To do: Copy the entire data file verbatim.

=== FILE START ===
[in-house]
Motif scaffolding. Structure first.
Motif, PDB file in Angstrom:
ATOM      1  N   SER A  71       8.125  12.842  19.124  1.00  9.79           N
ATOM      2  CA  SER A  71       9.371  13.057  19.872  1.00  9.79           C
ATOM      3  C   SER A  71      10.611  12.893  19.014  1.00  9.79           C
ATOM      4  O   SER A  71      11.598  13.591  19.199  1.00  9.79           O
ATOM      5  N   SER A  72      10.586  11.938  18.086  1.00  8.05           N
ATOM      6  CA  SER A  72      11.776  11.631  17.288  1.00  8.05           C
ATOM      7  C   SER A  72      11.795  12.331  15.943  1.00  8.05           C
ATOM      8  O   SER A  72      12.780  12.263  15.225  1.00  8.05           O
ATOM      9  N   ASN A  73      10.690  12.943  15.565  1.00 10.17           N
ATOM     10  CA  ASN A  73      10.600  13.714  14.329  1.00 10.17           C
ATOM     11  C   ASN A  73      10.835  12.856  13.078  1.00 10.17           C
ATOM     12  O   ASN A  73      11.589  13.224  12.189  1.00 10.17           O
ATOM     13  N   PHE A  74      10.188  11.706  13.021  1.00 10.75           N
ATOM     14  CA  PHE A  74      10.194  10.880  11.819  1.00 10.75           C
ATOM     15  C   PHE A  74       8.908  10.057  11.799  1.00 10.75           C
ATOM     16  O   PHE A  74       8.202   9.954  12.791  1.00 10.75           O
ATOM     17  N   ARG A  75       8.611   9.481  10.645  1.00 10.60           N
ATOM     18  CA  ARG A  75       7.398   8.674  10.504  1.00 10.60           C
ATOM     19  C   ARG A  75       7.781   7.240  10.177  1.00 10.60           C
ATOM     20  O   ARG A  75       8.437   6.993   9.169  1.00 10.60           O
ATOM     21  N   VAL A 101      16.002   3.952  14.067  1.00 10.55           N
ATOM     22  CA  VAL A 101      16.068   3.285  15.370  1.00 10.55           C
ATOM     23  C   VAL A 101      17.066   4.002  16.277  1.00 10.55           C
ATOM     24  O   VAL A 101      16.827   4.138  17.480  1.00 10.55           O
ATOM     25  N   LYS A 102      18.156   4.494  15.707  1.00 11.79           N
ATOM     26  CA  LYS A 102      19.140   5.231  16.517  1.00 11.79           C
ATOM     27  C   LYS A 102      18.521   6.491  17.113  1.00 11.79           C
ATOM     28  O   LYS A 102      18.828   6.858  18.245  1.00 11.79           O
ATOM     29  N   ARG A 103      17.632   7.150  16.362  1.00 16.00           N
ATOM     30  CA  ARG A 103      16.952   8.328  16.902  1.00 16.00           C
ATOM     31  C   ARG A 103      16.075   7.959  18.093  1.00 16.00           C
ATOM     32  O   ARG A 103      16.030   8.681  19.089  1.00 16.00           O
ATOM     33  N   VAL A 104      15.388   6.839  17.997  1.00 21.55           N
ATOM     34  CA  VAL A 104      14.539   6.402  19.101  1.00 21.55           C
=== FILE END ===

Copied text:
[in-house]
Motif scaffolding. Structure first.
Motif, PDB file in Angstrom:
ATOM      1  N   SER A  71       8.125  12.842  19.124  1.00  9.79           N
ATOM      2  CA  SER A  71       9.371  13.057  19.872  1.00  9.79           C
ATOM      3  C   SER A  71      10.611  12.893  19.014  1.00  9.79           C
ATOM      4  O   SER A  71      11.598  13.591  19.199  1.00  9.79           O
ATOM      5  N   SER A  72      10.586  11.938  18.086  1.00  8.05           N
ATOM      6  CA  SER A  72      11.776  11.631  17.288  1.00  8.05           C
ATOM      7  C   SER A  72      11.795  12.331  15.943  1.00  8.05           C
ATOM      8  O   SER A  72      12.780  12.263  15.225  1.00  8.05           O
ATOM      9  N   ASN A  73      10.690  12.943  15.565  1.00 10.17           N
ATOM     10  CA  ASN A  73      10.600  13.714  14.329  1.00 10.17           C
ATOM     11  C   ASN A  73      10.835  12.856  13.078  1.00 10.17           C
ATOM     12  O   ASN A  73      11.589  13.224  12.189  1.00 10.17           O
ATOM     13  N   PHE A  74      10.188  11.706  13.021  1.00 10.75           N
ATOM     14  CA  PHE A  74      10.194  10.880  11.819  1.00 10.75           C
ATOM     15  C   PHE A  74       8.908  10.057  11.799  1.00 10.75           C
ATOM     16  O   PHE A  74       8.202   9.954  12.791  1.00 10.75           O
ATOM     17  N   ARG A  75       8.611   9.481  10.645  1.00 10.60           N
ATOM     18  CA  ARG A  75       7.398   8.674  10.504  1.00 10.60           C
ATOM     19  C   ARG A  75       7.781   7.240  10.177  1.00 10.60           C
ATOM     20  O   ARG A  75       8.437   6.993   9.169  1.00 10.60           O
ATOM     21  N   VAL A 101      16.002   3.952  14.067  1.00 10.55           N
ATOM     22  CA  VAL A 101      16.068   3.285  15.370  1.00 10.55           C
ATOM     23  C   VAL A 101      17.066   4.002  16.277  1.00 10.55           C
ATOM     24  O   VAL A 101      16.827   4.138  17.480  1.00 10.55           O
ATOM     25  N   LYS A 102      18.156   4.494  15.707  1.00 11.79           N
ATOM     26  CA  LYS A 102      19.140   5.231  16.517  1.00 11.79           C
ATOM     27  C   LYS A 102      18.521   6.491  17.113  1.00 11.79           C
ATOM     28  O   LYS A 102      18.828   6.858  18.245  1.00 11.79           O
ATOM     29  N   ARG A 103      17.632   7.150  16.362  1.00 16.00           N
ATOM     30  CA  ARG A 103      16.952   8.328  16.902  1.00 16.00           C
ATOM     31  C   ARG A 103      16.075   7.959  18.093  1.00 16.00           C
ATOM     32  O   ARG A 103      16.030   8.681  19.089  1.00 16.00           O
ATOM     33  N   VAL A 104      15.388   6.839  17.997  1.00 21.55           N
ATOM     34  CA  VAL A 104      14.539   6.402  19.101  1.00 21.55           C